Last year the General Assembly passed reforms to move the adult corrections system toward those goals. This year legislators are expected to approve sweeping reforms to juvenile criminal law and the civil code. Governor Nathan Deal has made reforms a personal priority and his budget devotes millions of dollars to these goals.
The importance of mental health considerations was evident early in Wednesday’s hearing.
Adult corrections commissioner Brian Owens said the state has opened alternative treatment centers in seven rural judicial circuits and this year plans to open four-to-seven more. Two facilities were opened to treat “dually diagnosed offenders”; Owens described them as persons with mental illness who attempt to medicate themselves with legal prescriptions or illegal drugs. The state has also opened a new residential substance abuse treatment center for males.
These options give the state capability to treat about 5,000 non-violent offenders per year in community settings rather than prisons. “Georgia, I believe, is really at the forefront of dealing with criminal addiction (and) criminal mental health issues,” Owens said, “applying mental health resources in the community before offenders get too far down the road and we suffer a tragedy.”
Governor Deal’s Fiscal 2014 budget contains $11.6 million for the continued expansion of drug and mental health accountability courts for non-violent offenders who need community-based treatment more than they need incarceration; this builds on $10 million that Deal inserted for the same purpose into the Fiscal 2013 budget. Next year’s proposed budget also contains a $5 million line item to create incentives to start community-based juvenile treatment options.
That is good news for juvenile judges. “I welcome prevention dollars,” said Judge Shearer, who is president of the Georgia Council of Juvenile Court Judges and has been a juvenile court judge since 1993. Shearer said, “The pendulum of whether we emphasize prevention or penalties kind of swings back and forth. A prevention dollar is a dollar well spent.” Shearer noted, “We are seeing children from birth until they become adults.”
By the numbers, the state adult corrections system has some 57,500 inmates and 162,600 on felony probation. The budget is about $1.1 billion per year to support adult corrections. The annual per bed cost for an adult inmate is about $18,000, but that cost increases for older inmates who require more advanced health care.
This week the juvenile justice system, a separate entity, had 1,741 in secure confinement and 11,941 on community supervision. The juvenile justice department budget is $300 million. DJJ makes contact with about 52,000 juveniles per calendar year. The annual per bed cost for a committed juvenile is above $90,000, higher than adult incarceration cost for many reasons including, DJJ operates its own school system.
Those financial numbers do not tell a complete story. State pardons and paroles has a budget near $53 million. Juvenile system officials, including the juvenile courts, interact with many other state agencies, making it hard to determine exactly what the state directly spends on juveniles and their justice issues. The state easily spends $1.4 billion annually on adult and juvenile justice without factoring in even one cent of what it costs to run state and local courts.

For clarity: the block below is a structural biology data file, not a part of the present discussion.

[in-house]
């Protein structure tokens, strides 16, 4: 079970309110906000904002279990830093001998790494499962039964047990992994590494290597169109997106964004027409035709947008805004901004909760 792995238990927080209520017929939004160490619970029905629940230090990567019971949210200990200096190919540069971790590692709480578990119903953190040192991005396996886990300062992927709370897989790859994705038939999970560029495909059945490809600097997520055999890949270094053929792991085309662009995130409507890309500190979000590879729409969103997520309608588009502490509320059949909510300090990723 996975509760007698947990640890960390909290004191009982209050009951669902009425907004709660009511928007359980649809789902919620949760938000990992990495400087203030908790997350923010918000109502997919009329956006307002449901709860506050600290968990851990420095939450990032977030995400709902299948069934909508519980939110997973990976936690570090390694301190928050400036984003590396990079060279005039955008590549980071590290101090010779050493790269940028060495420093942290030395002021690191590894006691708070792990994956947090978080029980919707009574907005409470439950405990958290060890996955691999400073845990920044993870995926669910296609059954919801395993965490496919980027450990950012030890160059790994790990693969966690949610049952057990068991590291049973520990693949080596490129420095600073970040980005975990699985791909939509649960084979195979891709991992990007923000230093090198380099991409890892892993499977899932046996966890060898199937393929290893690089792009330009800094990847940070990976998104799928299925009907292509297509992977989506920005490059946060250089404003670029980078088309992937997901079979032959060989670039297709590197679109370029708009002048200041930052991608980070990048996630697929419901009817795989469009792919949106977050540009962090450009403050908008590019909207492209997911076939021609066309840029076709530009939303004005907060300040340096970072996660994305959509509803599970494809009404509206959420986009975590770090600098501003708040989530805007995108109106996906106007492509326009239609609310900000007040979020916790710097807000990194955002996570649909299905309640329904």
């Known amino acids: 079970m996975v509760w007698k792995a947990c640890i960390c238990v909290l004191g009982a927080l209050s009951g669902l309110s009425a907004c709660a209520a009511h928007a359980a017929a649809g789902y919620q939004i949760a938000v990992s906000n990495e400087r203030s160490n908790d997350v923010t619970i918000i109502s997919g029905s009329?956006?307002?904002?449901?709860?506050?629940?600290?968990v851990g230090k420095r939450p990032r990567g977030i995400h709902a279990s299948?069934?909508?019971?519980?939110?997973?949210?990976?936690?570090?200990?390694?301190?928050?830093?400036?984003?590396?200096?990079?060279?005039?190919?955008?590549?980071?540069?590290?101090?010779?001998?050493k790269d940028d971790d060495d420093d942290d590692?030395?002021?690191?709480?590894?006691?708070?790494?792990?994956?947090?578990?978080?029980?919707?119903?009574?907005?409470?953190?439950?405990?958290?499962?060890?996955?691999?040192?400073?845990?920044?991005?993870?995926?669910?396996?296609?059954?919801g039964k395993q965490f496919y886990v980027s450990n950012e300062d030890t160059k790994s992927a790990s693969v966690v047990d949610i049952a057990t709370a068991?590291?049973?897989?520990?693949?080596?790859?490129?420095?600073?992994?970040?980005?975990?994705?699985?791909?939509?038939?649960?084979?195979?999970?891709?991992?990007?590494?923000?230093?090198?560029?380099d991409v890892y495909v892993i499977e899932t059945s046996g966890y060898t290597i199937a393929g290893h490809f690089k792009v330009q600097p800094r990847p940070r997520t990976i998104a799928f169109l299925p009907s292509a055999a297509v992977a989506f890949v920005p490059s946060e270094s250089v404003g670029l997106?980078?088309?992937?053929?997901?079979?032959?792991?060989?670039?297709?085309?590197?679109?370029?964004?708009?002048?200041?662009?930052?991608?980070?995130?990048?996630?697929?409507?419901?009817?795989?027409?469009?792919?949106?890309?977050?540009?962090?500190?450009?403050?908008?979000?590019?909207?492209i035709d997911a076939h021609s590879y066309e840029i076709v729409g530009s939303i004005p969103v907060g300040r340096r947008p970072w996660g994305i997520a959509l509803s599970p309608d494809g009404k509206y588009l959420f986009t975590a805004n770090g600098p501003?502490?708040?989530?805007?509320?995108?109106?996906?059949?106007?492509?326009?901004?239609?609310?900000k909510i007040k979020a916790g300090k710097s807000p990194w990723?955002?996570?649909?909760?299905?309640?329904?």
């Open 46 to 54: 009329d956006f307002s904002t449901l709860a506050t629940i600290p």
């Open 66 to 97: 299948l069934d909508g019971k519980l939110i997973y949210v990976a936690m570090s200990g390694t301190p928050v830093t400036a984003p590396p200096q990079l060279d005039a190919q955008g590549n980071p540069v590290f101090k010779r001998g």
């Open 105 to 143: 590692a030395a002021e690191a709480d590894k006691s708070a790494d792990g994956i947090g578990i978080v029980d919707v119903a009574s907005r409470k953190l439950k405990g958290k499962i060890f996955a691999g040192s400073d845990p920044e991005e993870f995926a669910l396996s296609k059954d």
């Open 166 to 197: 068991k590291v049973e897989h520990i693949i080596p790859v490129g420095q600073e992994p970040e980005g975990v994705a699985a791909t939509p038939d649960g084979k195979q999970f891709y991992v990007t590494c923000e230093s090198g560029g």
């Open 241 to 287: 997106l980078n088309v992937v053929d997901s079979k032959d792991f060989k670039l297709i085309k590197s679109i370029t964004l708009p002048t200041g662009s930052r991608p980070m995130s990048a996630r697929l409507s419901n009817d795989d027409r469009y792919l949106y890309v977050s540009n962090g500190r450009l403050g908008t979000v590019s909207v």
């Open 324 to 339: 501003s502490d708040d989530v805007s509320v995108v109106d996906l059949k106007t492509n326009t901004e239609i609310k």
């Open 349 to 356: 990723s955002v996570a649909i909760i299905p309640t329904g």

Proposals from the Special Council on Criminal Justice Reform — for adults and juveniles — focus on how to protect the public, reduce public expense and reduce recidivism, which is the percentage of juveniles who are re-adjudicated or adults convicted of a criminal offense within three years of their release. More than 50 percent of juveniles re-enter the justice system within three years and more than 30 percent of adults re-offend.
Owens said the number of state inmates being held in county jails is significantly down. Twelve months ago county jails held 900 males waiting for placement in a probation detention center. Today there are no males and about 200 females. That is important to local governments because the state does not reimburse counties for inmates who are waiting for probation detention center placement. “Our counties will save money,” Owens said.
Juvenile justice commissioner Avery Niles told legislators, “We have become an agency that deals with both youths and adults in a juvenile setting.” Niles was DJJ board chairman until two months ago when Governor Deal moved him to the commissioner’s office. Niles said that about half of juveniles who enter the corrections system have drug addictions. He described the overall population as “older, more aggressive and staying longer.” Ninety percent of youths in DJJ custody are now designated felons.
(This article was republished by Right on Crime, a project of the Texas Public Policy Foundation.)
Georgia’s ability to continue slow but steady economic growth might depend on factors beyond its control, including a “heroic assumption” that the federal government will somehow get its fiscal house in order. “If we can just solve things in Washington I think we will be ready to go,” state fiscal economist Kenneth Heaghney said Tuesday morning at the State Capitol.